Tax loss harvesting helps donors boost family wealth philanthropy efforts by selling underperforming stocks, which reduces their taxable capital gains. The strategy works ideally in high-volatility environments that leverage more loss opportunities to offset capital gains for greater charitable deductions.
Bunch with DAFs
Bunching is an effective charitable giving technique, particularly with DAF models. The process involves contributing years of gifts spread across time while immediately benefiting from a greater deduction for a single tax year.
Donors aged 70½ and above may consider donating up to $100,000 from their individual retirement account (IRA) to a qualified charity (i.e., 501(c)(3) Organizations). While the process does not count as a tax deduction, it reduces the total amount of taxable income, which helps with standard deduction considerations.
With the vast availability of advanced charitable giving options and tax considerations, family wealth philanthropy is, more often than not, simply about writing an annual check to a favorite nonprofit.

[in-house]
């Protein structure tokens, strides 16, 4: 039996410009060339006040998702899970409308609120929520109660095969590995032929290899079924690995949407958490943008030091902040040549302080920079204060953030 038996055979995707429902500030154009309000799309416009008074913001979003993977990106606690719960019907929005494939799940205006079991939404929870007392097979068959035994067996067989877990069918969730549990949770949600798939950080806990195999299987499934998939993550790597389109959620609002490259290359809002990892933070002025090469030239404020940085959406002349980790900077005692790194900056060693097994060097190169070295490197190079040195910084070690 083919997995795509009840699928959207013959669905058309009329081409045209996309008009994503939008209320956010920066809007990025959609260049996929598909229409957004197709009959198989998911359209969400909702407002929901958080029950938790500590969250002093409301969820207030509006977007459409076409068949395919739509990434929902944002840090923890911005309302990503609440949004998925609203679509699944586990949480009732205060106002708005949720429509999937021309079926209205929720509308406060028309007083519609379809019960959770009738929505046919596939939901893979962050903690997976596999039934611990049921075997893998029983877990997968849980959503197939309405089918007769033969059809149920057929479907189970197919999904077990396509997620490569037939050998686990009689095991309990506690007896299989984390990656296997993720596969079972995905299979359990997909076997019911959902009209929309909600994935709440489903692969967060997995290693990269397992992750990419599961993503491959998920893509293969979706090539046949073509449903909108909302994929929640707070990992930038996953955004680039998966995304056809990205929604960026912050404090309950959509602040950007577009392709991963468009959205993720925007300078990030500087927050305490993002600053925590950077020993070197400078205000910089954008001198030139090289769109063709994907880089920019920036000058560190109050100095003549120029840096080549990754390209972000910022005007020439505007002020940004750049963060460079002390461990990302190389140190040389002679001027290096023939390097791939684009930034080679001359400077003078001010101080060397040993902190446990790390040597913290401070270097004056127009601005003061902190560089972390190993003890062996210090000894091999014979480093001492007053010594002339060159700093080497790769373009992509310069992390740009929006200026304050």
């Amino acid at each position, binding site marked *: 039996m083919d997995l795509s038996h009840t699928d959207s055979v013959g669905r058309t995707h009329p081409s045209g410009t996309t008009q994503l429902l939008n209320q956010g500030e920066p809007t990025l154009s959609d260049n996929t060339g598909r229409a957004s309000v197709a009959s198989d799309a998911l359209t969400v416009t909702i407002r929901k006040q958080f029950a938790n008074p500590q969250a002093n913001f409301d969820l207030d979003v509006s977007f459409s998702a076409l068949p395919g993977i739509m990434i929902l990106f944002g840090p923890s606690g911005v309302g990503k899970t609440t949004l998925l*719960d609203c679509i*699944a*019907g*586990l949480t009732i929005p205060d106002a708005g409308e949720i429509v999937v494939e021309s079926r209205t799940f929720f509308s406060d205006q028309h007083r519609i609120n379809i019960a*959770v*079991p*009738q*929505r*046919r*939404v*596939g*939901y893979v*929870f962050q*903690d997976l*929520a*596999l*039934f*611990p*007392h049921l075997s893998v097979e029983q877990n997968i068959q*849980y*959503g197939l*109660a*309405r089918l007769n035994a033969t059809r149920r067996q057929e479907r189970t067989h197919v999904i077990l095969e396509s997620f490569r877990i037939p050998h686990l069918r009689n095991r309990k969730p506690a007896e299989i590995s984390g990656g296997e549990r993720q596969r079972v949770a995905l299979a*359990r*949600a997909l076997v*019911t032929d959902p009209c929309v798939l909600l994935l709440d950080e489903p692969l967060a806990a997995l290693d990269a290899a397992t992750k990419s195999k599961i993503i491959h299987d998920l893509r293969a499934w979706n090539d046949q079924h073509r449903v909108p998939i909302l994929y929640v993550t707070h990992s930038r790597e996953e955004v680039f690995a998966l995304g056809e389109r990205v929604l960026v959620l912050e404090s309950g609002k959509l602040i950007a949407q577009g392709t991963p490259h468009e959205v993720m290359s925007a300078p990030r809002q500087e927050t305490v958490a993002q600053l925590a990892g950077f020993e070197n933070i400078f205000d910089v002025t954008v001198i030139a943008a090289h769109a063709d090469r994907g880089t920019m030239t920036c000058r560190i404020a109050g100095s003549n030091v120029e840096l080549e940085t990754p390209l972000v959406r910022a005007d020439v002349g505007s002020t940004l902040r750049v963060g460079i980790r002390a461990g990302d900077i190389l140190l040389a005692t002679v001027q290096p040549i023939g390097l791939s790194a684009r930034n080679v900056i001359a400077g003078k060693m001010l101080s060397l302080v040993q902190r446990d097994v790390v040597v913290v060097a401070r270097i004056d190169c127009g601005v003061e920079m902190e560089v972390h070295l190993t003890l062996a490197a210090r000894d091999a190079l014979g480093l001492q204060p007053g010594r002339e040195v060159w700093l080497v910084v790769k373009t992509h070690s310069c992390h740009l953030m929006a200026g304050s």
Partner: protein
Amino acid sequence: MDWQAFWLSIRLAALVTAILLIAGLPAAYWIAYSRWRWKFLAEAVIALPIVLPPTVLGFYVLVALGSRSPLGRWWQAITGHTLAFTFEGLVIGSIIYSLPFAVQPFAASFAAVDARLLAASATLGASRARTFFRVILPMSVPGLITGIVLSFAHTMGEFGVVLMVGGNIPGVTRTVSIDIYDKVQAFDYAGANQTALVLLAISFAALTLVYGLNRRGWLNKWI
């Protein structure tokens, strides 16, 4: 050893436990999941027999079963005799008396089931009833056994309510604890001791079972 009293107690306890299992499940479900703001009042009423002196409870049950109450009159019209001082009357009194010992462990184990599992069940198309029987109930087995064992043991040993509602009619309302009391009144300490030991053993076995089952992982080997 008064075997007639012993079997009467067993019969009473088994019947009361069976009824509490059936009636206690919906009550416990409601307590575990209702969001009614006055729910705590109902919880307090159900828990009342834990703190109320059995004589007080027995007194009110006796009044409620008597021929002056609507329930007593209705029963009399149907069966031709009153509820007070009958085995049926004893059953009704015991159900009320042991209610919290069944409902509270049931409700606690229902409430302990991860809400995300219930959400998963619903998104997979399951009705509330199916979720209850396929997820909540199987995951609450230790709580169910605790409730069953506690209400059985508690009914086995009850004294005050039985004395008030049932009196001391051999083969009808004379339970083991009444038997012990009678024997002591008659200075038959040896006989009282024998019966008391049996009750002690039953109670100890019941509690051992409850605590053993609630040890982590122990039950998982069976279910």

It is beneficial for high-net-worth donors to work closely with a certified wealth management specialist to help them discover the most impactful and tax-friendly giving plan tailored to their family wealth philanthropy goals.
The wealth management specialists at First Western Trust offer decades of specialized experience collaborating with high-net-worth donors in making the most prudent financial decisions based on a comprehensive assessment of their goals and interests. Our team is here to help every donor craft their personal wealth story and leave the lasting legacy they always wanted.
Investment and insurance products and services are not a deposit, are not FDIC insured, are not insured by any federal government agency, are not guaranteed by the bank, and may go down in value. This information is not legal, investment, accounting or tax advice and is for informational purposes only. Readers should not rely on this information as a substitute for their own research or for obtaining legal, accounting or tax advice from their own counsel. Information is current as of August 18, 2023 and is subject to change without notice.